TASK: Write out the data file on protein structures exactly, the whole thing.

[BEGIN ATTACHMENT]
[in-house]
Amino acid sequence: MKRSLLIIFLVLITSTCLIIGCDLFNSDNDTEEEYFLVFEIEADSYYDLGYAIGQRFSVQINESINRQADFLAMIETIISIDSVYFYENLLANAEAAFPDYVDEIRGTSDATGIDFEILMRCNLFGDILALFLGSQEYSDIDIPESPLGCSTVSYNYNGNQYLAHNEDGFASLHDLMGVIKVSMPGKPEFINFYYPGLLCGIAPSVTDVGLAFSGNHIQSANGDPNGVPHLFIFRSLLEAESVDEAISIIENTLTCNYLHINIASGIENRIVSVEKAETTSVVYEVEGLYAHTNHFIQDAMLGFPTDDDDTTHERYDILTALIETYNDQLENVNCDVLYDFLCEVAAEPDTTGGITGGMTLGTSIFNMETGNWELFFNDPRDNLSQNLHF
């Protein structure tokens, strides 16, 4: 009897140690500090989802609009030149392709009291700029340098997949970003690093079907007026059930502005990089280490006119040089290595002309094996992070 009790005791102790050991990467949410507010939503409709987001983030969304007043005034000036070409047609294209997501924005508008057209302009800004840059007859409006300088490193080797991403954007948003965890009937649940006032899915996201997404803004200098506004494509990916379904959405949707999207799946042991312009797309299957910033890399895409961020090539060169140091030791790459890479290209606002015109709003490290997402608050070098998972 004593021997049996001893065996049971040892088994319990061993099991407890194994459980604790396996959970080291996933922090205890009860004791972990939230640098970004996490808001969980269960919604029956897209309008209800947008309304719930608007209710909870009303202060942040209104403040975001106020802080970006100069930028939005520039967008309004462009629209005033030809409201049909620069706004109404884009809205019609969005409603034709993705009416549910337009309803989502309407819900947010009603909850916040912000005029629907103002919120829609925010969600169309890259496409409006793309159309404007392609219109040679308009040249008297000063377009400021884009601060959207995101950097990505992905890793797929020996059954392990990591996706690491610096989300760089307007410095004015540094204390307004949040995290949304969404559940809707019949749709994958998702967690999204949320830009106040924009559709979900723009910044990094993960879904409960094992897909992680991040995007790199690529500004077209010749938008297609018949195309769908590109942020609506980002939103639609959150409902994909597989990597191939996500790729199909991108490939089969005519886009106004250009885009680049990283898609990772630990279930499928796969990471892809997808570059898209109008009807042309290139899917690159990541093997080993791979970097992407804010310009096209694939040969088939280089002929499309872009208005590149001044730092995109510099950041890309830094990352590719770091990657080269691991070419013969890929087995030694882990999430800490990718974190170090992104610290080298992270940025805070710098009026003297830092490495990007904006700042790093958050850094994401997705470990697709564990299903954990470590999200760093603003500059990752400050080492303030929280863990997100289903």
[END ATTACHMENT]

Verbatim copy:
[in-house]
Amino acid sequence: MKRSLLIIFLVLITSTCLIIGCDLFNSDNDTEEEYFLVFEIEADSYYDLGYAIGQRFSVQINESINRQADFLAMIETIISIDSVYFYENLLANAEAAFPDYVDEIRGTSDATGIDFEILMRCNLFGDILALFLGSQEYSDIDIPESPLGCSTVSYNYNGNQYLAHNEDGFASLHDLMGVIKVSMPGKPEFINFYYPGLLCGIAPSVTDVGLAFSGNHIQSANGDPNGVPHLFIFRSLLEAESVDEAISIIENTLTCNYLHINIASGIENRIVSVEKAETTSVVYEVEGLYAHTNHFIQDAMLGFPTDDDDTTHERYDILTALIETYNDQLENVNCDVLYDFLCEVAAEPDTTGGITGGMTLGTSIFNMETGNWELFFNDPRDNLSQNLHF
């Protein structure tokens, strides 16, 4: 009897140690500090989802609009030149392709009291700029340098997949970003690093079907007026059930502005990089280490006119040089290595002309094996992070 009790005791102790050991990467949410507010939503409709987001983030969304007043005034000036070409047609294209997501924005508008057209302009800004840059007859409006300088490193080797991403954007948003965890009937649940006032899915996201997404803004200098506004494509990916379904959405949707999207799946042991312009797309299957910033890399895409961020090539060169140091030791790459890479290209606002015109709003490290997402608050070098998972 004593021997049996001893065996049971040892088994319990061993099991407890194994459980604790396996959970080291996933922090205890009860004791972990939230640098970004996490808001969980269960919604029956897209309008209800947008309304719930608007209710909870009303202060942040209104403040975001106020802080970006100069930028939005520039967008309004462009629209005033030809409201049909620069706004109404884009809205019609969005409603034709993705009416549910337009309803989502309407819900947010009603909850916040912000005029629907103002919120829609925010969600169309890259496409409006793309159309404007392609219109040679308009040249008297000063377009400021884009601060959207995101950097990505992905890793797929020996059954392990990591996706690491610096989300760089307007410095004015540094204390307004949040995290949304969404559940809707019949749709994958998702967690999204949320830009106040924009559709979900723009910044990094993960879904409960094992897909992680991040995007790199690529500004077209010749938008297609018949195309769908590109942020609506980002939103639609959150409902994909597989990597191939996500790729199909991108490939089969005519886009106004250009885009680049990283898609990772630990279930499928796969990471892809997808570059898209109008009807042309290139899917690159990541093997080993791979970097992407804010310009096209694939040969088939280089002929499309872009208005590149001044730092995109510099950041890309830094990352590719770091990657080269691991070419013969890929087995030694882990999430800490990718974190170090992104610290080298992270940025805070710098009026003297830092490495990007904006700042790093958050850094994401997705470990697709564990299903954990470590999200760093603003500059990752400050080492303030929280863990997100289903």